Pay Attention during the Important Part: Adults with ASD Increase Their Gaze to Faces When Watching Richer Social Scenes
Objectives: Assess contextual modulation of visual attention to social stimuli in adults with ASD.
Methods: Twenty-eight adult participants with ASD (4 female; see Table) watched a ~6-minute video comprised of 22 sequential 15.5-second scenes of children playing together (Joint condition) or separately (Parallel condition). A Tobii X120 infrared eye tracker measured participants’ gaze direction and duration. Areas of interest (AOI) were drawn around faces (social stimuli) and background objects (nonsocial stimuli). To control for individual differences in overall attention, we calculated the proportion of looking time toward each AOI relative to total looking time at the full screen. Preliminary analyses revealed no significant correlations between gaze variables and age or IQ, so we did not include these as covariates.
Results: A 2x2 repeated measures ANOVA revealed a significant interaction between condition (Joint, Parallel) and gaze duration to each stimulus type (Face, Background Objects), F(1,27)=53.59, p<.001, ηp2=.67 (see Figure). Planned paired t-tests showed that participants looked more to faces in the Joint condition than the Parallel condition. To assess the nature of this effect, we calculated a Social Prioritization metric for each condition. Social Prioritization was defined as the total duration of looking at faces minus the total duration of looking at background objects. A paired samples t-test comparing average Social Prioritization in the Joint vs. Parallel condition showed that participants looked twice as long at faces relative to objects in the context of joint play between actors (mean=.08) than in the context of parallel play (mean=.04).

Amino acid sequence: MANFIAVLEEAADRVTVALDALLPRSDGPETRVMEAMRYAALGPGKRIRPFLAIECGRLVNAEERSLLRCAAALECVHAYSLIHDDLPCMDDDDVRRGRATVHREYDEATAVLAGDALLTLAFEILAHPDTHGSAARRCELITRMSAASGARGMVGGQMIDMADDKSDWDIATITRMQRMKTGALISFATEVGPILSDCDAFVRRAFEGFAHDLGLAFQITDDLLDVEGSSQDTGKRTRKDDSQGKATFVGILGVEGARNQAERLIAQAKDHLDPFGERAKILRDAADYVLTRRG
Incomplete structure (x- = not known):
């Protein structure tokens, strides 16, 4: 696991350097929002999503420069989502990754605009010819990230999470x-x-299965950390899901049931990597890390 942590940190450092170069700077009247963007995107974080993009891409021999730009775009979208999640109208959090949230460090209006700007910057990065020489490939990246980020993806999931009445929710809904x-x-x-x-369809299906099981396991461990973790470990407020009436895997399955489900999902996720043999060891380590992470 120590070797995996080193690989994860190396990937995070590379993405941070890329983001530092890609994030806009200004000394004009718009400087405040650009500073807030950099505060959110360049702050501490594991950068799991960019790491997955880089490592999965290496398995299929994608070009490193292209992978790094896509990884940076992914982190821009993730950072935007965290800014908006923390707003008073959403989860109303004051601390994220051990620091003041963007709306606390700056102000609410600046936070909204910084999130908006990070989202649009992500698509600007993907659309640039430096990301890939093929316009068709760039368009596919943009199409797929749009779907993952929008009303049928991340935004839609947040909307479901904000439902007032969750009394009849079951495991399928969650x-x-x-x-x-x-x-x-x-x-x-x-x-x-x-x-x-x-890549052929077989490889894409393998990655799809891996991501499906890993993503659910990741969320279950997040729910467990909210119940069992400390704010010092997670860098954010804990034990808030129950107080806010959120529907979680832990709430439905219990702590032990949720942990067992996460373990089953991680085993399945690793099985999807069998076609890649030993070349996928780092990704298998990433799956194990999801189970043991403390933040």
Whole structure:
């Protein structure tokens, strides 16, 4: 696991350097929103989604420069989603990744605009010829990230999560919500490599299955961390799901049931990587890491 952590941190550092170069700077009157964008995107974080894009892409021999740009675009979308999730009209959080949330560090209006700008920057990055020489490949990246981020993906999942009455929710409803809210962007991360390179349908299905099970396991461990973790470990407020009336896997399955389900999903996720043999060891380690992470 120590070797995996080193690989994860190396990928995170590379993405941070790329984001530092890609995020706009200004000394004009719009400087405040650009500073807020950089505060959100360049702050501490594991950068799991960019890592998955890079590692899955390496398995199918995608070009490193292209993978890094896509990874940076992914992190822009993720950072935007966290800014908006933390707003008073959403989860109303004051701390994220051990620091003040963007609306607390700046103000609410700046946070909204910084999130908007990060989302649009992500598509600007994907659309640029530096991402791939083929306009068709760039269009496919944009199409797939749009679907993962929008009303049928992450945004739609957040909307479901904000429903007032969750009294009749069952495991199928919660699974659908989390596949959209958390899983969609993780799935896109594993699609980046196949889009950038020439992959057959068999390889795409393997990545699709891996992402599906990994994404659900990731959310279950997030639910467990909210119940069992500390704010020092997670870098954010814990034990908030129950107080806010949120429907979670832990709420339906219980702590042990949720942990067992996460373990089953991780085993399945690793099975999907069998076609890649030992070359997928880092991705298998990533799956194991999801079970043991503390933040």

Conclusions: Contextual modulation of visual attention to social stimuli is an important skill that may be relatively preserved in adults with ASD. Despite clinically significant social impairments, participants looked more at children’s faces in the context of interactive play than parallel play. This suggests that typical patterns of attention distribution may exist in older individuals with ASD, with the ability to tune into social context by modulating their gaze to capture communicative information from the face when it is present. Planned future analyses will explore whether this effect is also found in typically developing adults (data collection underway), will compare the magnitude of the modulation by diagnosis, and will assess whether contextual modulation can serve as a metric of treatment response.